Tuesday, March 27, 2012

How can buildings enhance and protect occupant health and performance?

High Performance Office Building, designed by Symbiosis

Symbiosis Research Question of the Week : How can buildings enhance and protect occupant health and performance?

The environments people occupy have a significant, direct  effect on their health and well-being. The average person in the US and Europe spends around 90% of their time indoors. Current building environments frequently generate illnesses and negatively impact people's health, well-being, and work performance, through Sick Building Syndrome, other Building Related Illnesses, and non-stimulating environments. Poor air quality, toxic materials, and disconnect from natural stimuli such as natural daylight, plants, and local climate conditions are among the contributing factors. In addition, current research by the Biology and Built Environment Center indicates that typical mechanical ventilation strategies meant to improve air quality are having the opposite effect, removing the beneficial bacteria and matter (which generally originate in the natural environment) from the air, and replacing it with detrimental matterincluding human sweat, saliva, and VOC's.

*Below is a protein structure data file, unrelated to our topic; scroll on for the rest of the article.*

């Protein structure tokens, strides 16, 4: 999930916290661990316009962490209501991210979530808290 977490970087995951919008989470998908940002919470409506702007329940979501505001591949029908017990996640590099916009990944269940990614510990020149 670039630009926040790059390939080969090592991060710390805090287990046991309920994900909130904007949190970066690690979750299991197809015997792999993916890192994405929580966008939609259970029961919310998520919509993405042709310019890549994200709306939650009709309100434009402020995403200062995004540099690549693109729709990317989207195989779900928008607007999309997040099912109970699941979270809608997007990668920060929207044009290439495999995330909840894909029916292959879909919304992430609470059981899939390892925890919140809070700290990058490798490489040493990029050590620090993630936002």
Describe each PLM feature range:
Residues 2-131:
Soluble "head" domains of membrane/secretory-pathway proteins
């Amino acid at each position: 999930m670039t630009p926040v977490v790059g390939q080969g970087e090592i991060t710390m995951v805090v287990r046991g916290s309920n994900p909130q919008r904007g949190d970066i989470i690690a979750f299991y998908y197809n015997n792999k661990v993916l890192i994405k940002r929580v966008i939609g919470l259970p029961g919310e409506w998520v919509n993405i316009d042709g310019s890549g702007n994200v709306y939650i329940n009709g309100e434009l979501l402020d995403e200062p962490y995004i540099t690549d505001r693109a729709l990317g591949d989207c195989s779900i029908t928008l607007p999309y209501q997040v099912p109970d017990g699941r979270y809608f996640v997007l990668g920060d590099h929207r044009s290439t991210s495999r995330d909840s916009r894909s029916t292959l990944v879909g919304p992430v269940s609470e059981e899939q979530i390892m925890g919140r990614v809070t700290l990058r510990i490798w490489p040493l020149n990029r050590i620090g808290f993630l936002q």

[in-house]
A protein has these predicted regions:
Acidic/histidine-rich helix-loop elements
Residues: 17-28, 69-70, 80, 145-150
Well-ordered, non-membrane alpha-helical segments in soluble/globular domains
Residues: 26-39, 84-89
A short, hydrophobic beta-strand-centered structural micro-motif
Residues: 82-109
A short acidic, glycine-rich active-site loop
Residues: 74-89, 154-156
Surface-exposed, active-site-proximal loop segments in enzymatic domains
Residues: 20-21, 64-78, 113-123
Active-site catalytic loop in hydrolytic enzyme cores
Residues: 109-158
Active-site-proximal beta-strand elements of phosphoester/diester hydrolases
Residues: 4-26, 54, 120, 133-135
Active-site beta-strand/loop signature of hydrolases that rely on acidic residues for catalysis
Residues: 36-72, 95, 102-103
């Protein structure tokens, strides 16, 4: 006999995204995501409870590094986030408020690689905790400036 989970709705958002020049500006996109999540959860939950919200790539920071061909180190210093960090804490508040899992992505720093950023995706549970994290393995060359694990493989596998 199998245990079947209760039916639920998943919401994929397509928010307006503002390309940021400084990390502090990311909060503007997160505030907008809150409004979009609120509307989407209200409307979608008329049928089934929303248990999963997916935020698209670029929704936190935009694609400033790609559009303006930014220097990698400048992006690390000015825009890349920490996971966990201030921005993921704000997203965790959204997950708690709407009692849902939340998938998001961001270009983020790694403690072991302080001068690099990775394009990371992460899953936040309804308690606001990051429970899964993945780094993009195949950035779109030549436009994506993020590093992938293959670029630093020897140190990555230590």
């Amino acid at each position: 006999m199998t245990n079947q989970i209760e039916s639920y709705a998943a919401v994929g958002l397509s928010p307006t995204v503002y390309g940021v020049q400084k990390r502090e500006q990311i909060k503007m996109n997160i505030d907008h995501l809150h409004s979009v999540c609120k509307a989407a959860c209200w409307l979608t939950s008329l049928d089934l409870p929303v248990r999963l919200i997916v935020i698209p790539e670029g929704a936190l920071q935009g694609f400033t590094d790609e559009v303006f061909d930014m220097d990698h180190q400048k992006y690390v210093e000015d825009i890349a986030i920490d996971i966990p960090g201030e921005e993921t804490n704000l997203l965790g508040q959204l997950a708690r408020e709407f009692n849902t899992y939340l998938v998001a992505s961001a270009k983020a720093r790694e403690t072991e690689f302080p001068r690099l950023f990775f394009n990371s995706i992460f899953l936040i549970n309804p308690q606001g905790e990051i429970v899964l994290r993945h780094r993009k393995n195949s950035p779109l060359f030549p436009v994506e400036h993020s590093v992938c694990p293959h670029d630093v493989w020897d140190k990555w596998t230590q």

How can buildings be designed to enhance and protect occupant health and performance?

Symbiosis, in collaboration with Wageningen's environmental psychology ' Health and Society ' chair, is developing a building health performance evaluation tool and guidelines for designers.

Check back in for future results

No comments:

Post a Comment